What is discipleship? And why does it matter? Discipleship matters because Jesus said so. In fact, Jesus said making disciples was the main thing for us followers to do.
Author: Scott Gunn
We are called to proclaim God’s love not just in our familiar churches — standing just inside our red doors to be nice to visitors — but we are also called to proclaim God’s love on the streets, in the mall, on the beach, in the workplace, on the border, in all the places of greatest need. We are called to be witnesses.
We ordain bishops. It’s time to let die our old habit of referring to the “consecration of bishops.” Our baptismal ecclesiology demands it.
Lent is going to look a little different for each person. I hope you have a holy Lent — however you sojourn. Should your ashes stay or should they go? Well, that depends on what’s in your heart.
We have a catechetical crisis in our church. Vast swaths of our laity and not a few clergy are unable to articulate even the most rudimentary understanding of either baptism or eucharist.
On the feast of the Epiphany, as I look at the proposed churchwide budget for the Episcopal Church, a reflection on whether we are offering Jesus Christ to the world in the way the Gospel suggests we ought to.
Almighty and everlasting God, whose will it is to restore all things in your well-beloved Son, the King of kings and Lord of lords: Mercifully grant that the peoples of the earth, divided and enslaved by sin, may be freed and brought together under his most gracious rule; who lives and reigns with you and the Holy Spirit, one God, now and for ever. Amen.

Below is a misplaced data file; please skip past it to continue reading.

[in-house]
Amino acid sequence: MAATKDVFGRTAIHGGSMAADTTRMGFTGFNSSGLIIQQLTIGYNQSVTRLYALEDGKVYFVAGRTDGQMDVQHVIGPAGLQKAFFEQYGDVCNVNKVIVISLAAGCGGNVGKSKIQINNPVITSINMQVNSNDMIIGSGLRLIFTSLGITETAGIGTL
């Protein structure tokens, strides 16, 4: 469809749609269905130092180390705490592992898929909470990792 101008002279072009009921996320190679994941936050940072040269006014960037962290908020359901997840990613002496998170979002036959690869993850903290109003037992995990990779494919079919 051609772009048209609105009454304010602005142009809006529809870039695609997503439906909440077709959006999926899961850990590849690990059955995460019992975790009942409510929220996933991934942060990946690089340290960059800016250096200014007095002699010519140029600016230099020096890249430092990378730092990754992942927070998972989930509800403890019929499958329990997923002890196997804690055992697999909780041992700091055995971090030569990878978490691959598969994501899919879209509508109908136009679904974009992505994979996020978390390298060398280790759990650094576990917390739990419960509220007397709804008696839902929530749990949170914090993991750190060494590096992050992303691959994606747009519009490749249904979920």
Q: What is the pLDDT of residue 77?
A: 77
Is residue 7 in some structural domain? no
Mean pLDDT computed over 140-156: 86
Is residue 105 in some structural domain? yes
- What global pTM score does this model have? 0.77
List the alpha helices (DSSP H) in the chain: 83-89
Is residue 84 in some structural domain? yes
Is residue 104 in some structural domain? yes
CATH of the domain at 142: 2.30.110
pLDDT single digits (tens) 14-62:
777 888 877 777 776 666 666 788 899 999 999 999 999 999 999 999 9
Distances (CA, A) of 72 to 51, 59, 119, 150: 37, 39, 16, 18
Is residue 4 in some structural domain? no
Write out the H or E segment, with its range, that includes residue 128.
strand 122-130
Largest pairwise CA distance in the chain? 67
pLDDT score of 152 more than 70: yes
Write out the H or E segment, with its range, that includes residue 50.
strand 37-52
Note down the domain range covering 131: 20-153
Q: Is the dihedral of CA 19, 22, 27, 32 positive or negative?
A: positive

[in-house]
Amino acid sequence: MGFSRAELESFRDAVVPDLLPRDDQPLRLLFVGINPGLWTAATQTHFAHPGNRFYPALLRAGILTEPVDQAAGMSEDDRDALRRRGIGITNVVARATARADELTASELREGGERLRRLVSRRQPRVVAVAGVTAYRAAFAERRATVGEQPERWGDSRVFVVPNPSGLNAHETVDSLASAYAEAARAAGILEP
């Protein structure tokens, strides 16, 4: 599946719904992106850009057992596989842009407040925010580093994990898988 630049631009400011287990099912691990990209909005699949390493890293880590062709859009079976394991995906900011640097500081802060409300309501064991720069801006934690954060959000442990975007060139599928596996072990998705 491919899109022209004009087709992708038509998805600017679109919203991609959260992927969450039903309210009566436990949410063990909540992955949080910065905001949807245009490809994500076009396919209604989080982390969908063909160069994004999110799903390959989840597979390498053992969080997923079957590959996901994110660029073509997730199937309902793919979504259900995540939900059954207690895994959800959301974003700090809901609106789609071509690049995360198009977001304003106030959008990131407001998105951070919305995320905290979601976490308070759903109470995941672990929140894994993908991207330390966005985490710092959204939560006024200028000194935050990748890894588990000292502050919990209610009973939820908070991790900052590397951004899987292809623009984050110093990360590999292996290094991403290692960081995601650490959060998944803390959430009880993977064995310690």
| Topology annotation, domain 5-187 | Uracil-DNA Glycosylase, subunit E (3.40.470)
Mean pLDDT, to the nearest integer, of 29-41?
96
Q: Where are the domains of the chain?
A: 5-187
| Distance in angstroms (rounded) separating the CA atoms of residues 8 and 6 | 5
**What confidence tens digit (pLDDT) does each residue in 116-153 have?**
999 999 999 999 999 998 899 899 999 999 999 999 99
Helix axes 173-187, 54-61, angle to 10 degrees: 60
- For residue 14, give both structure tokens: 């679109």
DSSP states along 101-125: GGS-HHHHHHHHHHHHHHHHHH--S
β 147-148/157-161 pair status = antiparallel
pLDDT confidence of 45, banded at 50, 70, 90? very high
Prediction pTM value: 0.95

Lord, we pray that your grace may always precede and follow us, that we may continually be given to good works; through Jesus Christ our Lord, who lives and reigns with you and the Holy Spirit, one God, now and for ever. Amen.
Can you imagine what our congregations would be like if we kept God’s words in our hearts? If we taught our children about God’s great love for us as revealed in the scriptures? If we publicly proclaimed the scriptures?
If you want your church to really get to know the Bible, it doesn’t need to be financially costly. It just takes a willingness to devote the time and the focus to place the Bible front and center. You’ll see transformation, guaranteed.
To get a congregation reading the scriptures will surely lead to transformation of individual lives and of the church itself. To learn the language of scripture is to find new ways to praise and to thank God, and that helps us live out our purpose, to glorify God.
Continuing a Seven whole days tradition since the Episcopal Church’s 2009 General Convention, we have exclusive, breaking news about the next Blue Book. Before, we alone broke the news of the book’s color. This year, the news is even more exciting.